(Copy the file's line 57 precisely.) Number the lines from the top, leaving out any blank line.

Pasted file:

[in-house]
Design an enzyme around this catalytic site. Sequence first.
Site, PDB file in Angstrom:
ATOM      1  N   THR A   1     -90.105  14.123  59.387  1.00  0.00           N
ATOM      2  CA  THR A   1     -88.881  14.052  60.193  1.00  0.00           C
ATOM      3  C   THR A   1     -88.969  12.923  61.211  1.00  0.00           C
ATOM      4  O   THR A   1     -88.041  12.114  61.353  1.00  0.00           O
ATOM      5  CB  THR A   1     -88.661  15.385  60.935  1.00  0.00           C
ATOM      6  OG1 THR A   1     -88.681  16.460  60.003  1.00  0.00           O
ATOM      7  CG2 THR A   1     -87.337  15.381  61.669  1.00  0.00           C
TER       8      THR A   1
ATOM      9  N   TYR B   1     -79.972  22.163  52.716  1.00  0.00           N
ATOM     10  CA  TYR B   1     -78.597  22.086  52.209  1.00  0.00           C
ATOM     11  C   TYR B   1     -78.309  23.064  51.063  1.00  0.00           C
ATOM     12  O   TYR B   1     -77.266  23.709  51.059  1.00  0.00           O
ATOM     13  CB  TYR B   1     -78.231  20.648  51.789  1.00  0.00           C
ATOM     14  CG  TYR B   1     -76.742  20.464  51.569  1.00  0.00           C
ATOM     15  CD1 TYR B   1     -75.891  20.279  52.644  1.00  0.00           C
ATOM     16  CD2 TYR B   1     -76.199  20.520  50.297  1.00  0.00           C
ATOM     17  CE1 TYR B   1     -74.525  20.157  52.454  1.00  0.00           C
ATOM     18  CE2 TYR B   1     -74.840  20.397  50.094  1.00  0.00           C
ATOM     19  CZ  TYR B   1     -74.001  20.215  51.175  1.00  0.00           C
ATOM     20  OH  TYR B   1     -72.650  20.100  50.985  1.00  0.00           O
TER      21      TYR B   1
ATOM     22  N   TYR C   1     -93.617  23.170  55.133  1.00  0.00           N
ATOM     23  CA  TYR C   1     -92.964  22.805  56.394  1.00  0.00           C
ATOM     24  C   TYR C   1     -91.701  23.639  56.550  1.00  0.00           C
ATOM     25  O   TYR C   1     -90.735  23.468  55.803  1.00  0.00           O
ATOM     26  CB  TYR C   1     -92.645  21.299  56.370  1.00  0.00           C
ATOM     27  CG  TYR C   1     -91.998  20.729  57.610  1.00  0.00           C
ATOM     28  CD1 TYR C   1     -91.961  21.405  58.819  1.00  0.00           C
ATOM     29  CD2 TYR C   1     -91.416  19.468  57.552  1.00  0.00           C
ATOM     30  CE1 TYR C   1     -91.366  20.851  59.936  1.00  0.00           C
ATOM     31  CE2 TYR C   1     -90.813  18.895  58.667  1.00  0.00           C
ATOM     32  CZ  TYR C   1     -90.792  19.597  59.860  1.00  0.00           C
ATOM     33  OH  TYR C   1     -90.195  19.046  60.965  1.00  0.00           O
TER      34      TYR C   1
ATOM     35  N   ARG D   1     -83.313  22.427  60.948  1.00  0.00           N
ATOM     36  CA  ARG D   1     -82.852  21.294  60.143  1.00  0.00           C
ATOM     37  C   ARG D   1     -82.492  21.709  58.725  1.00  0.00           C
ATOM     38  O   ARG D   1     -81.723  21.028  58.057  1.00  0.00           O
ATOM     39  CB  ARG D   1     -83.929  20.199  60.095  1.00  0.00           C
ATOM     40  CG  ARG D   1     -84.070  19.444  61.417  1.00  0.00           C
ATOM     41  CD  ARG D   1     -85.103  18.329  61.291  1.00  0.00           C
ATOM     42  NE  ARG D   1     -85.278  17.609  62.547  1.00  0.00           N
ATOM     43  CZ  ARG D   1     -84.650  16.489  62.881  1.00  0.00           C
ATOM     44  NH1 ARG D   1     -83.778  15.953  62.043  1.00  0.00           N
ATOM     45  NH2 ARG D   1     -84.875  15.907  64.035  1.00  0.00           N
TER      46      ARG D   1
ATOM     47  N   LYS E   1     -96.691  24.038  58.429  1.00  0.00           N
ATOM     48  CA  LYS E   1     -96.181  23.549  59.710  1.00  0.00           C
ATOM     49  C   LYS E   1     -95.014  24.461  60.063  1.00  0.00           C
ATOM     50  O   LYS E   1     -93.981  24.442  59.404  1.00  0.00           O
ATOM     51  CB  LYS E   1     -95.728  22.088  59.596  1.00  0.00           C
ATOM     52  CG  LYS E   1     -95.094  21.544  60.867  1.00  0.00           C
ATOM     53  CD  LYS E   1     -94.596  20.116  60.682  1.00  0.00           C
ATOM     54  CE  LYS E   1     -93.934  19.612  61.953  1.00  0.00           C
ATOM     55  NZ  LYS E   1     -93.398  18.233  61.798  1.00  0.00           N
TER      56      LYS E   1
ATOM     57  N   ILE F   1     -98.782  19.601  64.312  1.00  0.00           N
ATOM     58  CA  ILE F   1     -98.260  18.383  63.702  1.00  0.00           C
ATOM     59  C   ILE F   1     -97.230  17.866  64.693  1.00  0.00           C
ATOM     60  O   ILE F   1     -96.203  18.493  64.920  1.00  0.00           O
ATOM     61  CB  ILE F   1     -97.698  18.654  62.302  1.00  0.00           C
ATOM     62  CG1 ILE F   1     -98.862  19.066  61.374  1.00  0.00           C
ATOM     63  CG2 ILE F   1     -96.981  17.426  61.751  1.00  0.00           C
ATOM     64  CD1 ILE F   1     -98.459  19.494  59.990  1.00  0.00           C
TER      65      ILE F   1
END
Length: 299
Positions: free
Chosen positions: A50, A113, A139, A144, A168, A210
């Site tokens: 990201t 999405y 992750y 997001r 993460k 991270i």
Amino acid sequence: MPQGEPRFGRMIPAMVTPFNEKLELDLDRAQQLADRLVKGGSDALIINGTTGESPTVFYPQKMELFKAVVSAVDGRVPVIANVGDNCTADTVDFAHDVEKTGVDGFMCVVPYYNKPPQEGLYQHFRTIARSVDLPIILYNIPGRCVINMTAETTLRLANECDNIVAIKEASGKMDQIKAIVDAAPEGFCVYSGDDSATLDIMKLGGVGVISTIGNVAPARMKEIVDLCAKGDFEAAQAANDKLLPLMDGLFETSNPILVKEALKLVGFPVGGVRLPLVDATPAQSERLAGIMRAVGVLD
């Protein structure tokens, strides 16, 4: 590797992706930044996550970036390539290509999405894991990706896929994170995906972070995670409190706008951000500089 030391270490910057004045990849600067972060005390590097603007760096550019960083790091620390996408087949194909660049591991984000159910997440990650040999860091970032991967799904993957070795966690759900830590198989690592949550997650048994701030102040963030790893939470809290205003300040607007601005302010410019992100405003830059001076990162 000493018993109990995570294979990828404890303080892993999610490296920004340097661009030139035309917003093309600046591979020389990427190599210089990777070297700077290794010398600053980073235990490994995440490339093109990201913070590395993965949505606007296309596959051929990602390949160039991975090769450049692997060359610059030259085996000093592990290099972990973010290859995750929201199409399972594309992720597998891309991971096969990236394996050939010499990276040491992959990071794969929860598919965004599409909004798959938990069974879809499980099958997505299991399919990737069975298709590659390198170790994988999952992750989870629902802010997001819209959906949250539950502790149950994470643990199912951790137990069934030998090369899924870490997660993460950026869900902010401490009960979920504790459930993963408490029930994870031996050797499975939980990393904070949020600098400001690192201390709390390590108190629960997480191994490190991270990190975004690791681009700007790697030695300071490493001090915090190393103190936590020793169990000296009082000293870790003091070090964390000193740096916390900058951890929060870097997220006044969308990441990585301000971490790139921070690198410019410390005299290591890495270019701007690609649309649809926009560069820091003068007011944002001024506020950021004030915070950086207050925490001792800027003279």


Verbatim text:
ATOM     54  CE  LYS E   1     -93.934  19.612  61.953  1.00  0.00           C